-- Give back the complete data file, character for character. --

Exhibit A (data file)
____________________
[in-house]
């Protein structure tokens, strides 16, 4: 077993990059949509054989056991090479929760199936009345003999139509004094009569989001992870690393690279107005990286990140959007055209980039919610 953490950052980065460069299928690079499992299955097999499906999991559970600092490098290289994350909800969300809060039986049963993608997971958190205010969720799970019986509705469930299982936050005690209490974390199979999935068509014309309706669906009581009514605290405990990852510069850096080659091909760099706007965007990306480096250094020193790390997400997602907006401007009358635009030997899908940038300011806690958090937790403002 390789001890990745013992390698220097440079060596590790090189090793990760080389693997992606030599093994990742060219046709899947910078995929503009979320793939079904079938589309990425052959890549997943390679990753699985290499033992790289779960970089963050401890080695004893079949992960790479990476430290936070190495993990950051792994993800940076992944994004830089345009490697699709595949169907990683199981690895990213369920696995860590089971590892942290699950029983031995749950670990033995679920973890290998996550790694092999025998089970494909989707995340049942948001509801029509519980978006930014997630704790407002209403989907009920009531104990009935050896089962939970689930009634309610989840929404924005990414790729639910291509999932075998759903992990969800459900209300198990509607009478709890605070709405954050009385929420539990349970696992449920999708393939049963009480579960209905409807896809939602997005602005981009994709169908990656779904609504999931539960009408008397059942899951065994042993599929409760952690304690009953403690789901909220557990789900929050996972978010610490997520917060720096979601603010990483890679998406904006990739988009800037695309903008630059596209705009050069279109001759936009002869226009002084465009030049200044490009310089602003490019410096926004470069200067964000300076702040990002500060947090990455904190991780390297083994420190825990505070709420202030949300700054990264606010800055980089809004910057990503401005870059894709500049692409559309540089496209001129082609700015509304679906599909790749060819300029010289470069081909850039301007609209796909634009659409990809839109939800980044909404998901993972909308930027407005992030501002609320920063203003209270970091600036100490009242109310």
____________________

[in-house]
């Protein structure tokens, strides 16, 4: 077993990059949509054989056991090479929760199936009345003999139509004094009569989001992870690393690279107005990286990140959007055209980039919610 953490950052980065460069299928690079499992299955097999499906999991559970600092490098290289994350909800969300809060039986049963993608997971958190205010969720799970019986509705469930299982936050005690209490974390199979999935068509014309309706669906009581009514605290405990990852510069850096080659091909760099706007965007990306480096250094020193790390997400997602907006401007009358635009030997899908940038300011806690958090937790403002 390789001890990745013992390698220097440079060596590790090189090793990760080389693997992606030599093994990742060219046709899947910078995929503009979320793939079904079938589309990425052959890549997943390679990753699985290499033992790289779960970089963050401890080695004893079949992960790479990476430290936070190495993990950051792994993800940076992944994004830089345009490697699709595949169907990683199981690895990213369920696995860590089971590892942290699950029983031995749950670990033995679920973890290998996550790694092999025998089970494909989707995340049942948001509801029509519980978006930014997630704790407002209403989907009920009531104990009935050896089962939970689930009634309610989840929404924005990414790729639910291509999932075998759903992990969800459900209300198990509607009478709890605070709405954050009385929420539990349970696992449920999708393939049963009480579960209905409807896809939602997005602005981009994709169908990656779904609504999931539960009408008397059942899951065994042993599929409760952690304690009953403690789901909220557990789900929050996972978010610490997520917060720096979601603010990483890679998406904006990739988009800037695309903008630059596209705009050069279109001759936009002869226009002084465009030049200044490009310089602003490019410096926004470069200067964000300076702040990002500060947090990455904190991780390297083994420190825990505070709420202030949300700054990264606010800055980089809004910057990503401005870059894709500049692409559309540089496209001129082609700015509304679906599909790749060819300029010289470069081909850039301007609209796909634009659409990809839109939800980044909404998901993972909308930027407005992030501002609320920063203003209270970091600036100490009242109310």